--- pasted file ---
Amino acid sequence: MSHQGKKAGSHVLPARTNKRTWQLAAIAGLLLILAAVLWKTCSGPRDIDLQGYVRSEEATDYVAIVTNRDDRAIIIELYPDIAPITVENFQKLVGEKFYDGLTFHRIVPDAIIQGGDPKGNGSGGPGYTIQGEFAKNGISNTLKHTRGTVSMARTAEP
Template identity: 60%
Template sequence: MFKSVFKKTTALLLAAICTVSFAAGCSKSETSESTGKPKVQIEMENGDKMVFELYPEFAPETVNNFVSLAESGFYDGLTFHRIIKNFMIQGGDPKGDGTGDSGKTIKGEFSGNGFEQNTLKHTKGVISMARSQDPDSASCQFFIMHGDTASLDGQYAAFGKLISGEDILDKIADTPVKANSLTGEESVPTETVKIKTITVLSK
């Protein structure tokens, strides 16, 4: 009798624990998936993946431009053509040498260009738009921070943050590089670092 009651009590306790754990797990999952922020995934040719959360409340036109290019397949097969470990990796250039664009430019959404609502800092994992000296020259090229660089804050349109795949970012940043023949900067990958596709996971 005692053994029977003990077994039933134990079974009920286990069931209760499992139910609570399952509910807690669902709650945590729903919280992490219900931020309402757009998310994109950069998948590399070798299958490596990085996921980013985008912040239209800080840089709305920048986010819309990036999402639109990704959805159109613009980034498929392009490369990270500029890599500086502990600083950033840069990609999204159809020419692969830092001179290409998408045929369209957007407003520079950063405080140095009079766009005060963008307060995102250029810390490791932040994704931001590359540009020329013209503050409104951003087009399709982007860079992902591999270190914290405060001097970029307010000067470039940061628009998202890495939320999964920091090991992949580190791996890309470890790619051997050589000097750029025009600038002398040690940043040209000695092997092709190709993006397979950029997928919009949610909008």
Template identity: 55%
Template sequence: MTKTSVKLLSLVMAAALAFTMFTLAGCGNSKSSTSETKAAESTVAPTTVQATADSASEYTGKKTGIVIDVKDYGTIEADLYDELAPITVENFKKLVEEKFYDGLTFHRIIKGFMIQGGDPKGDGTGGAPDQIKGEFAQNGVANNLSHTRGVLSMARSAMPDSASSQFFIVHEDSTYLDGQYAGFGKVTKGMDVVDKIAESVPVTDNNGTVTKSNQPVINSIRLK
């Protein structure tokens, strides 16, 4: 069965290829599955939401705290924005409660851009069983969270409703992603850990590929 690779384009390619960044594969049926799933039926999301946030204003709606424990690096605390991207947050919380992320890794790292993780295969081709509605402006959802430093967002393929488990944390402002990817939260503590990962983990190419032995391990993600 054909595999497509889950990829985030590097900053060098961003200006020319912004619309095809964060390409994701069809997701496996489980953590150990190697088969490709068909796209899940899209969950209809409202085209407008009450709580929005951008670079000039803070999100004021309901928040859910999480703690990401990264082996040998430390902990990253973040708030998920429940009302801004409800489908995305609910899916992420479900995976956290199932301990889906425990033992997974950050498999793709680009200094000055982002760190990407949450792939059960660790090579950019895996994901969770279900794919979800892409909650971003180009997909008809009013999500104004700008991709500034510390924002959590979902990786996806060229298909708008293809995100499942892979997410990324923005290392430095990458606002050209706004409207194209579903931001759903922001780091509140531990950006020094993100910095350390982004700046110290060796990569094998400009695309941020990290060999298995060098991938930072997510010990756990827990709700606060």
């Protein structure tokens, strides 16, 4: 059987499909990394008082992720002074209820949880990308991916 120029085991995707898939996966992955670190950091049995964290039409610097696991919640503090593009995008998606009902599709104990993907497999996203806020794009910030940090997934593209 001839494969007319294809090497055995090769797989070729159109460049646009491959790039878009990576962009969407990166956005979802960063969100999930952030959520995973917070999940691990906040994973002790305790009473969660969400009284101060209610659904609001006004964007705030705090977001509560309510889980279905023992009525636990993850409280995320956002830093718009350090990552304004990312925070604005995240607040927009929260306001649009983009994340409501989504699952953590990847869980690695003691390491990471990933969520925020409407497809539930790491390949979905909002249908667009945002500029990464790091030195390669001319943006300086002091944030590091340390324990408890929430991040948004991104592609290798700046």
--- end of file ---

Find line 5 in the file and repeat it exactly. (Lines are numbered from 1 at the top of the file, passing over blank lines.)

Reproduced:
Template identity: 55%